Clarissa Palmer

Clarissa Palmer

Program Coordinator, Curriculum & Instruction
Phone: (603) 535-2915
Office: Education, Democracy & Social Change, Rounds Hall, MSC 38, Plymouth, NH 03264


Clarissa M. Palmer teaches courses in research design, assessment, and human-animal interaction programing. She is also the program coordinator for the MEd in Curriculum & Instruction program.

She coordinates the campus pet therapy program and develops professional development opportunities for pet therapy handlers focusing on assessing engagement and enjoyment the therapy animal is experiencing during visits. If you are interested in scheduling a time to met with a therapy animal, or need to schedule an event that included pet therapy teams, please email the PSU Wellness Animals at

Dr. Palmer previously worked in private preschools in Massachusetts with children from age 3 to 6 and their families. She has presented at numerous educational conferences including the National Association for the Education of Young Children (NAEYC) and the New England Educational Research Organization (NEERO) annual conferences. Her work has been published in the Journal of Early Childhood Teacher Education, Journal of Emotional Abuse, and she continues to present her research for national and international audiences.

Degrees and Education

  • PhD, Psychology with a specialization in Behavioral Science and Research Methodology, University of Rhode Island
  • BS and MS, Human Development and Family Studies with a concentration in Child Studies, University of Rhode Island
  • AA, Early Childhood Education, Community College of Rhode Island

Research Interests

  • Quantitative Research Design
  • Assessment In Educational Settings
  • Human-Animal Interaction (Pet-assisted therapy)

Scholarly Publications/ Writings/ Conference Presentations

  • Palmer, C.M. (Accepted, expected 2022-2023). History of Working Animals in Transportation and Recreation. In Kline, C. & Hooper, J. (Eds.) Emerging Voices in Animal Tourism.
  • Palmer, C.M. (In Press).Sullivan Anne: From abandoned rabbit to beloved campus pet therapy animal. In Kogan, L. & Erdman, P. (Eds.). The Gifts We Receive from Animals – Stories to Warm the Heart.
  • Uttley, C.M. (2021). A Long Road to Professional Satisfaction. In Kogan L. & Erdman, P. (Eds.). Career Paths in Human-Animal Interaction for Social and Behavioral Scientists. ISBN 9780367366148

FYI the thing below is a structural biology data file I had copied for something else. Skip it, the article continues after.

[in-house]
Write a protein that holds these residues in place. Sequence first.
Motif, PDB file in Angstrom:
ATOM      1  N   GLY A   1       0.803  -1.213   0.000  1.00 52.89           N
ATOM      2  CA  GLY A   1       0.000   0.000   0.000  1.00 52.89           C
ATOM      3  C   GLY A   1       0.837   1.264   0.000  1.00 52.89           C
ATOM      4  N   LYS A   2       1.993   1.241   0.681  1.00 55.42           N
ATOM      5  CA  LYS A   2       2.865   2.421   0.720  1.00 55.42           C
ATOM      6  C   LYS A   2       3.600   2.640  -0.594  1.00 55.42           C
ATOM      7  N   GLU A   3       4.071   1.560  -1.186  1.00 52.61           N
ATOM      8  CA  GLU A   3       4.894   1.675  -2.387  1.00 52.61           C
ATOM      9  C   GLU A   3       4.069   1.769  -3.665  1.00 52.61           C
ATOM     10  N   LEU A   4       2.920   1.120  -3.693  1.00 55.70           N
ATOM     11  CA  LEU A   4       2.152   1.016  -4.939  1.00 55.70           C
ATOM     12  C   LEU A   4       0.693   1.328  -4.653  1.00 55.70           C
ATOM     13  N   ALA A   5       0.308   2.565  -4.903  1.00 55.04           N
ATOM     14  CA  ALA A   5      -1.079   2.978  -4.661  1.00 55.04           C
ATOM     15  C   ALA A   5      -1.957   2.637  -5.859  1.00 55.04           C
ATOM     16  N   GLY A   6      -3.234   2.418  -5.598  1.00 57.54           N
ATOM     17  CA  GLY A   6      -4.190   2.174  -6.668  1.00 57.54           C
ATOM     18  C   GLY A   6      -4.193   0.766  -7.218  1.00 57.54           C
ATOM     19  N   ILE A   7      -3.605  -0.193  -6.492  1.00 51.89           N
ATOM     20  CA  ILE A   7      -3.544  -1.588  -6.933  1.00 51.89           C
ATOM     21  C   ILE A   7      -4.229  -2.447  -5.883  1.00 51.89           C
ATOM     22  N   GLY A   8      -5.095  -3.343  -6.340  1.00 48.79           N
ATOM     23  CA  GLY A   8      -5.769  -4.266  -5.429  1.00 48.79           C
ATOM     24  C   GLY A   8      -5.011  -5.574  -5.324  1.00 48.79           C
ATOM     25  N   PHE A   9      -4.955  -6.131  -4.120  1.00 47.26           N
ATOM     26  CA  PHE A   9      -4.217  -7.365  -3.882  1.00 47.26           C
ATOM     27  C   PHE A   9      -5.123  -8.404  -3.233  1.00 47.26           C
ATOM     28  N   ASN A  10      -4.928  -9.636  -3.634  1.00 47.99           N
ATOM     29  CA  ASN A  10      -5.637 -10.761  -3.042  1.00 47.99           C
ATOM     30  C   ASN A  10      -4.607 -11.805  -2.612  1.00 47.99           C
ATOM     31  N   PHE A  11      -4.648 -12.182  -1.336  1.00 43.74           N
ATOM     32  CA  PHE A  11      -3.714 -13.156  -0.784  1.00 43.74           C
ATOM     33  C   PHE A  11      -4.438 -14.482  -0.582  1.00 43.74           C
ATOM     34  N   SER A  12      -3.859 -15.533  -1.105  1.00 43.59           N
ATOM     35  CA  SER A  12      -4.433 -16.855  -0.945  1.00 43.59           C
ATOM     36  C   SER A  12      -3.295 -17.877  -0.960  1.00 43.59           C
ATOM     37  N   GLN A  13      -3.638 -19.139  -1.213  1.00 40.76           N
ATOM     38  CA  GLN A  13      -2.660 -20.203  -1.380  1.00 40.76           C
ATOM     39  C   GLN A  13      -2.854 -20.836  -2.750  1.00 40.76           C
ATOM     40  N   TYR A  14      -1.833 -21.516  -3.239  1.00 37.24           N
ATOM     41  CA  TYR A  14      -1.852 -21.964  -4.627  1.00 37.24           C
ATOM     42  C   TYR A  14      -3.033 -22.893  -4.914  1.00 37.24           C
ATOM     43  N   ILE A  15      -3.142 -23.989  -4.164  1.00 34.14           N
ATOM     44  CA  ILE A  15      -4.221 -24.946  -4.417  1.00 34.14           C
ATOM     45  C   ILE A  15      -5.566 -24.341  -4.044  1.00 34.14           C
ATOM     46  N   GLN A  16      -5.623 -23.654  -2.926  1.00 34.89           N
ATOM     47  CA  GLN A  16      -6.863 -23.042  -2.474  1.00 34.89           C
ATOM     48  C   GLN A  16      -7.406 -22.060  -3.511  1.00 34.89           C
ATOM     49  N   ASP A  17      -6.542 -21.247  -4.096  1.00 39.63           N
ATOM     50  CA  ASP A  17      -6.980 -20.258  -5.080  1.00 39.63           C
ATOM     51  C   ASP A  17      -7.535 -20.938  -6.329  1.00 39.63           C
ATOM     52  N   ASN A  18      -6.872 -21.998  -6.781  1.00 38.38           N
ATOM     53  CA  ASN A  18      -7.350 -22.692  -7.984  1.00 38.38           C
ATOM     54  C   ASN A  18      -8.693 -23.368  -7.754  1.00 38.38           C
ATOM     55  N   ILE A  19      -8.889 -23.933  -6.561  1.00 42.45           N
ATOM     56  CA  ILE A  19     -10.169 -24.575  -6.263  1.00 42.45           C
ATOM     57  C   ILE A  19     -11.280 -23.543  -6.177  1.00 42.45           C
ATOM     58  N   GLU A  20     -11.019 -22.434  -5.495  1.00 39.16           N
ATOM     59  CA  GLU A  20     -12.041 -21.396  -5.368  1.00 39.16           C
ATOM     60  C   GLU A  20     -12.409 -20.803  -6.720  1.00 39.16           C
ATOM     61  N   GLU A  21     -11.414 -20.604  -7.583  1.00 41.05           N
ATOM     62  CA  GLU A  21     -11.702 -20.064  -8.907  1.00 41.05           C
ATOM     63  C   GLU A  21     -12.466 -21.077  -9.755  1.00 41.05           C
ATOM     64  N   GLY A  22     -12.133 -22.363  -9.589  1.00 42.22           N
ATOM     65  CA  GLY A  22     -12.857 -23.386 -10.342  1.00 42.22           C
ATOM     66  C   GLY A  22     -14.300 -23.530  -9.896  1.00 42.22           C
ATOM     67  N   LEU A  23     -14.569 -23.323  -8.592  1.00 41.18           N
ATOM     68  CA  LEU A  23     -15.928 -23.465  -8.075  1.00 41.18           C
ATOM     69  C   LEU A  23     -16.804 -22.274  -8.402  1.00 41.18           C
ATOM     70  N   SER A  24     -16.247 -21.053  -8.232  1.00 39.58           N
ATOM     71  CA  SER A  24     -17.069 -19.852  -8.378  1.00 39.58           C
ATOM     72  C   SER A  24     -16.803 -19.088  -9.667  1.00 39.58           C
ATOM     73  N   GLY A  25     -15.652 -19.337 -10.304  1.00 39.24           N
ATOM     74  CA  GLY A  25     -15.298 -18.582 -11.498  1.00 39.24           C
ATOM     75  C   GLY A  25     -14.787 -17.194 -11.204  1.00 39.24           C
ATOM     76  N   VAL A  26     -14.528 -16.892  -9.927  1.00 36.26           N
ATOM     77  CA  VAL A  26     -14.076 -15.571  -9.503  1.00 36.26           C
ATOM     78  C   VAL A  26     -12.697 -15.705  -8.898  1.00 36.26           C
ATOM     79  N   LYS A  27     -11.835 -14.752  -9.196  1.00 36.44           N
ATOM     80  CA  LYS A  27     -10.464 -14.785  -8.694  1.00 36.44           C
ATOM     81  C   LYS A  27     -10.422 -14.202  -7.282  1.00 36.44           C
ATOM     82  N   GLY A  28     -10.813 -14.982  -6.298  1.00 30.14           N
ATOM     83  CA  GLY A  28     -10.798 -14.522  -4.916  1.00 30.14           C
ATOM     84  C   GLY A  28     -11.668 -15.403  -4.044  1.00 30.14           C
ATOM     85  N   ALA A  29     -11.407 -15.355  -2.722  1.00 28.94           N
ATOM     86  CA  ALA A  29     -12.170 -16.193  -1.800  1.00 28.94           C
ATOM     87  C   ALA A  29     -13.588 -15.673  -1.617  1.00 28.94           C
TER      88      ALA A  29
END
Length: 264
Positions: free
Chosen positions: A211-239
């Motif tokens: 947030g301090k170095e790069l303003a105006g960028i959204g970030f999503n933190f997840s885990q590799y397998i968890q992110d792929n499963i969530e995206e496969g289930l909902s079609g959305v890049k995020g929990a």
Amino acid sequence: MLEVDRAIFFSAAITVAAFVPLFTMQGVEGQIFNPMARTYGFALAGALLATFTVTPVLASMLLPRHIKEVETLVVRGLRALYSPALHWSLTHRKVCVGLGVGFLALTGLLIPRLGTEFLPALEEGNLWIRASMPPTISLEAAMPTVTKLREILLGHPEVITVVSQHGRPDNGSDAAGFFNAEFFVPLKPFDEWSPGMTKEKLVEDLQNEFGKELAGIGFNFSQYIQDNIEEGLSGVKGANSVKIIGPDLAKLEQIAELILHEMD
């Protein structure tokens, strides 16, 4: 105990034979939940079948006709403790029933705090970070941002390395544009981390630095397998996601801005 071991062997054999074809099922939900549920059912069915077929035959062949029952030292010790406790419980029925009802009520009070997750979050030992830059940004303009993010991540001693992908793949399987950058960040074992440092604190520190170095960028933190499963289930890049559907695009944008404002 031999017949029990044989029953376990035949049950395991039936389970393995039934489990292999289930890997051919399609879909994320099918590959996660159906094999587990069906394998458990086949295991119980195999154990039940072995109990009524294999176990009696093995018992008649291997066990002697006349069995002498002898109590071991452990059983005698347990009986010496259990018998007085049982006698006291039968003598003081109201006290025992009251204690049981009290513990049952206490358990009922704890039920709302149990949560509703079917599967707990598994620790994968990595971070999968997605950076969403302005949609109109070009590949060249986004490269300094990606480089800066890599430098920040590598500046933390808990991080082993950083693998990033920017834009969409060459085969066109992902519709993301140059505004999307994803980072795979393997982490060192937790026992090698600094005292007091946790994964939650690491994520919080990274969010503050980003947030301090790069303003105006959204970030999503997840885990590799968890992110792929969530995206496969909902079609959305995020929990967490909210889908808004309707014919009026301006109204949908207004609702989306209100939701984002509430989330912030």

• Flynn, S.V. & Uttley, C.M. (2022). Explanatory and Exploratory Designs. In Flynn, S.V. (Ed.). Research Design for the Behavioral Sciences: An Applied Approach. Springer Publishing Company. Pgs. 457-480. ISBN: 978-0-8261-4384-6
  • Uttley, C.M. (2019). Animal Attraction: Including animals in early childhood classrooms to engage and inspire young learners. In Paciorek K.M. (Ed.). Annual Editions: Early Childhood Education. McGraw Hill Education.
  • Uttley, C.M. (2019). Adolescence, Pet Loss, Grief and Therapeutic Interventions. In Kogan, L. & Erdman, P. (Eds.). Pet Loss, Grief, and Therapeutic Interventions: Practitioners Navigating the Human–Animal Bond (pp. 35-54)New York: Routledge Publishing. ISBN 978-1-138-58557-7.
  • Piper, L.J., & Uttley, C.M. (2019). College Students and Their Pets. In Kogan, L., & Blazina, C. (Eds.). Pets, People and Psychotherapy: Best practices for common human-animal interaction clinical scenarios (pp. 47-75). London, United Kingdom: Elsevier Publishing. ISBN 978-0-12-812962-3.
  • Uttley, C.M. (2015). There is a Rat in my Classroom! How exposure to rats may increase empathy in college students. In Blanco, C. & Deering, B. (Eds.). Who’s Talking Now? Multispecies Relations from Human and Animals’ Point of View (pp. 131-138). Inter-Disciplinary.netISBN 978-1-84888-376-5.
  • Cournoyer, G.P., & Uttley, C.M. (2014). Human-Animal Bond: Trauma victims help each other heal. Hope Matters: The Power of Pet Assisted Therapy in Social Work Settings (pp. 113-118). Washington, DC: National Association of Social Workers. ISBN 978-0-87101-454-2
  • Cournoyer, G.P. & Uttley, C.M. (Summer, 2012). Pet Assisted Therapy and the Traumatized Child. National Association of Social Workers. Children, Youth, and Adolescent Specialty Section, 8-9
  • Uttley, C.M. (April 2009). From Graduate Student to Faculty Member: A Student-focused Approach. Teachers’ Corner. Developments: Newsletter of the Society for Research in Child Development
  • Uttley, C.M. & Horm, D.M. (2008). Mentoring in Early Childhood Professional Development: Evaluation of the Rhode Island Child Development Specialist Apprenticeship Program. Journal of Early Childhood Teacher Education, 29, 237-252
  • Cournoyer, G.P. & Uttley, C.M. (2008). Cisco’s Kids: A behavior intervention program. In M.T. Loring, R.A. Geffner, & J. Marsh (Eds.), Animal Abuse and Family Violence: Linkages, Research, and Implications for Professional Practice. San Diego, CA: Haworth Press. ISBN: 978-0-7890-3819-7
  • Cournoyer, G.P. & Uttley, C.M. (2007). Cisco’s Kids: A behavior intervention program. Journal of Emotional Abuse. 7(3), 117-126

Associations, Boards, and Committees

  • American Psychological Association
  • International Society of Anthrozoology
  • National Association of Social Workers
  • Northeastern Educational Research Association

Courses Currently Taught

  • ED 5000 Social Behavior in a Diverse Society
  • ED 5030 Research Design
  • ED 5140 Educational Assessment: Practices and Principles
  • ED 6900 Graduate Capstone